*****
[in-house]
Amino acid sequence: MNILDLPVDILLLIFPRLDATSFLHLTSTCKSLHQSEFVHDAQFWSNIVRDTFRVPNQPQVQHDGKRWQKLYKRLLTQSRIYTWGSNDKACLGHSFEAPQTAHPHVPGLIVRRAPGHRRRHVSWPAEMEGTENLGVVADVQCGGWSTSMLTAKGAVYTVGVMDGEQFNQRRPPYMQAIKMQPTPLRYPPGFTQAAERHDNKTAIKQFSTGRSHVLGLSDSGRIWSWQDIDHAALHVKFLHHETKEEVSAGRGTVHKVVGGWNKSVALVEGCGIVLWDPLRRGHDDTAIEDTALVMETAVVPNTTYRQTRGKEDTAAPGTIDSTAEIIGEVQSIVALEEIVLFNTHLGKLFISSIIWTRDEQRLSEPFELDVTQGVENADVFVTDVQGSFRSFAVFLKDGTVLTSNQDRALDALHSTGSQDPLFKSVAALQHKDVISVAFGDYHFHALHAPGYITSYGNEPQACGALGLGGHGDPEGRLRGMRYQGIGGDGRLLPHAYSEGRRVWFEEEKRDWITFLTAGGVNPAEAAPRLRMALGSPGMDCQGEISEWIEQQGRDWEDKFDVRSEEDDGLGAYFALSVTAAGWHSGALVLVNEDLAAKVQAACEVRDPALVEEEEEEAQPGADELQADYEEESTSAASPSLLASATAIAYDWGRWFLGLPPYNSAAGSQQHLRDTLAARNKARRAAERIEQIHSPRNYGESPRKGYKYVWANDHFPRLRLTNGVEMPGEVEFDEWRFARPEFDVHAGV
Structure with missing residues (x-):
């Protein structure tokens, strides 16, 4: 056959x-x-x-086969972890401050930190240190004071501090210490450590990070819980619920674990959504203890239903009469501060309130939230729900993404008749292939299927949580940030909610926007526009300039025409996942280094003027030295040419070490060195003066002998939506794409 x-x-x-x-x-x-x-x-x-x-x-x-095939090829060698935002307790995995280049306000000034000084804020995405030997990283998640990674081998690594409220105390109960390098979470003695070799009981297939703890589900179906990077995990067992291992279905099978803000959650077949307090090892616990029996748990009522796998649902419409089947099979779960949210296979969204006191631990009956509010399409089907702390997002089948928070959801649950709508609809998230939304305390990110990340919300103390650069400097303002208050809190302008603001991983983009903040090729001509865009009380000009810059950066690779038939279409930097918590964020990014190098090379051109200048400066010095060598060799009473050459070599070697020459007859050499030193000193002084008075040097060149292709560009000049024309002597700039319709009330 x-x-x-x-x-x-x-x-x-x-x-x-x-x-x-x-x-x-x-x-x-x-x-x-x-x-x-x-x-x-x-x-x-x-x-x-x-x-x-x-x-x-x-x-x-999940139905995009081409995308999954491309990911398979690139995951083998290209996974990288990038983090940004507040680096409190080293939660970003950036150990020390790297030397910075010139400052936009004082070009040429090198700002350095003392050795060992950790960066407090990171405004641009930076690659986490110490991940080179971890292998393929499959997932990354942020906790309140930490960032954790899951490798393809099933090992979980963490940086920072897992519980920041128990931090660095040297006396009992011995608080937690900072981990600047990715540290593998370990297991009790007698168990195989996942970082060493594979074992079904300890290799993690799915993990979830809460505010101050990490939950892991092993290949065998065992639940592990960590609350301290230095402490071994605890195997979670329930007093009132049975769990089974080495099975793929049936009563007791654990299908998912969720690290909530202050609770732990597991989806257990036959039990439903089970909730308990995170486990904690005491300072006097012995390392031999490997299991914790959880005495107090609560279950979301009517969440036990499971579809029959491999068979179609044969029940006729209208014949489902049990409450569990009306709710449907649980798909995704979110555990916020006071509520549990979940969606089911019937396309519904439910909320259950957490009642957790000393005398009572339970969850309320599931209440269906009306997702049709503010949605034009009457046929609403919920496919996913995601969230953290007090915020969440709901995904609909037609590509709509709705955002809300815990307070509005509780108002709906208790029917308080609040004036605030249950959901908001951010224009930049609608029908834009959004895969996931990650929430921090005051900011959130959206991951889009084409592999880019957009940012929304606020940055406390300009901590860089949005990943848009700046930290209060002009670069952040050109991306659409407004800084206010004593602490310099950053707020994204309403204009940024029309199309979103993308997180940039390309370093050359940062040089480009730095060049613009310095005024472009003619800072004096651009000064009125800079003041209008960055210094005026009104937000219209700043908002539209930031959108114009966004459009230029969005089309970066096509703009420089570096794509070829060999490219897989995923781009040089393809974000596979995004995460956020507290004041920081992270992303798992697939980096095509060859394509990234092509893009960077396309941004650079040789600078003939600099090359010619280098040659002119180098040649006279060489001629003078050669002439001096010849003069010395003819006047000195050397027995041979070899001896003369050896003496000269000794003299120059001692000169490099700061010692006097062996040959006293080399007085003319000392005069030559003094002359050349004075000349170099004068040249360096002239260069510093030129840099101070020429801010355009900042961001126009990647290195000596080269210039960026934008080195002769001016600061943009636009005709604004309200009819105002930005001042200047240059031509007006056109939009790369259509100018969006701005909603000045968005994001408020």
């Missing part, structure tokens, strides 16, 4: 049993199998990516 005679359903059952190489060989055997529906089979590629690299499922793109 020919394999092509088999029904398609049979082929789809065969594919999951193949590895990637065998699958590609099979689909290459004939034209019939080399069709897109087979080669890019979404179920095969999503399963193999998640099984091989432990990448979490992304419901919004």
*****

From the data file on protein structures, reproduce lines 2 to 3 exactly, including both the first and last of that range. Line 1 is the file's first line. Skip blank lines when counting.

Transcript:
Amino acid sequence: MNILDLPVDILLLIFPRLDATSFLHLTSTCKSLHQSEFVHDAQFWSNIVRDTFRVPNQPQVQHDGKRWQKLYKRLLTQSRIYTWGSNDKACLGHSFEAPQTAHPHVPGLIVRRAPGHRRRHVSWPAEMEGTENLGVVADVQCGGWSTSMLTAKGAVYTVGVMDGEQFNQRRPPYMQAIKMQPTPLRYPPGFTQAAERHDNKTAIKQFSTGRSHVLGLSDSGRIWSWQDIDHAALHVKFLHHETKEEVSAGRGTVHKVVGGWNKSVALVEGCGIVLWDPLRRGHDDTAIEDTALVMETAVVPNTTYRQTRGKEDTAAPGTIDSTAEIIGEVQSIVALEEIVLFNTHLGKLFISSIIWTRDEQRLSEPFELDVTQGVENADVFVTDVQGSFRSFAVFLKDGTVLTSNQDRALDALHSTGSQDPLFKSVAALQHKDVISVAFGDYHFHALHAPGYITSYGNEPQACGALGLGGHGDPEGRLRGMRYQGIGGDGRLLPHAYSEGRRVWFEEEKRDWITFLTAGGVNPAEAAPRLRMALGSPGMDCQGEISEWIEQQGRDWEDKFDVRSEEDDGLGAYFALSVTAAGWHSGALVLVNEDLAAKVQAACEVRDPALVEEEEEEAQPGADELQADYEEESTSAASPSLLASATAIAYDWGRWFLGLPPYNSAAGSQQHLRDTLAARNKARRAAERIEQIHSPRNYGESPRKGYKYVWANDHFPRLRLTNGVEMPGEVEFDEWRFARPEFDVHAGV
Structure with missing residues (x-):